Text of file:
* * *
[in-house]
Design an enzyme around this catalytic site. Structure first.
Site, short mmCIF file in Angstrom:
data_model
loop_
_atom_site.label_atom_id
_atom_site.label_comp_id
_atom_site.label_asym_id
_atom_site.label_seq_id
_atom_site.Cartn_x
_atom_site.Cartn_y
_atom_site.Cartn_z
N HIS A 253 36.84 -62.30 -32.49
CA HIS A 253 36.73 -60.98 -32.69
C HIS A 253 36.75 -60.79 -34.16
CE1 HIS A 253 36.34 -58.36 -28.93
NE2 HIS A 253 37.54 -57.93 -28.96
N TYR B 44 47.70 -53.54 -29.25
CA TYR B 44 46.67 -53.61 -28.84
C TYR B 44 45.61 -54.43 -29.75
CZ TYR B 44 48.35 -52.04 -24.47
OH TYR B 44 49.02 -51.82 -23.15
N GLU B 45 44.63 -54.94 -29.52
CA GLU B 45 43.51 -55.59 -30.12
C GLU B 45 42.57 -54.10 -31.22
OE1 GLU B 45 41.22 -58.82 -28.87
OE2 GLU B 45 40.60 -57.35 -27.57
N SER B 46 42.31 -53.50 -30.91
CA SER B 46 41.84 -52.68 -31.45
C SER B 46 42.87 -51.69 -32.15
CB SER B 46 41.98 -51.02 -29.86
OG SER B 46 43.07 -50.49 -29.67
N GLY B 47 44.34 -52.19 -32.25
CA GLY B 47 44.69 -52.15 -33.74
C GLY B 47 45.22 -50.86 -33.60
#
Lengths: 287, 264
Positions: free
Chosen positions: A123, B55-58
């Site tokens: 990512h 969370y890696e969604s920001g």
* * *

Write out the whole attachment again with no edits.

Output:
[in-house]
Design an enzyme around this catalytic site. Structure first.
Site, short mmCIF file in Angstrom:
data_model
loop_
_atom_site.label_atom_id
_atom_site.label_comp_id
_atom_site.label_asym_id
_atom_site.label_seq_id
_atom_site.Cartn_x
_atom_site.Cartn_y
_atom_site.Cartn_z
N HIS A 253 36.84 -62.30 -32.49
CA HIS A 253 36.73 -60.98 -32.69
C HIS A 253 36.75 -60.79 -34.16
CE1 HIS A 253 36.34 -58.36 -28.93
NE2 HIS A 253 37.54 -57.93 -28.96
N TYR B 44 47.70 -53.54 -29.25
CA TYR B 44 46.67 -53.61 -28.84
C TYR B 44 45.61 -54.43 -29.75
CZ TYR B 44 48.35 -52.04 -24.47
OH TYR B 44 49.02 -51.82 -23.15
N GLU B 45 44.63 -54.94 -29.52
CA GLU B 45 43.51 -55.59 -30.12
C GLU B 45 42.57 -54.10 -31.22
OE1 GLU B 45 41.22 -58.82 -28.87
OE2 GLU B 45 40.60 -57.35 -27.57
N SER B 46 42.31 -53.50 -30.91
CA SER B 46 41.84 -52.68 -31.45
C SER B 46 42.87 -51.69 -32.15
CB SER B 46 41.98 -51.02 -29.86
OG SER B 46 43.07 -50.49 -29.67
N GLY B 47 44.34 -52.19 -32.25
CA GLY B 47 44.69 -52.15 -33.74
C GLY B 47 45.22 -50.86 -33.60
#
Lengths: 287, 264
Positions: free
Chosen positions: A123, B55-58
């Site tokens: 990512h 969370y890696e969604s920001g």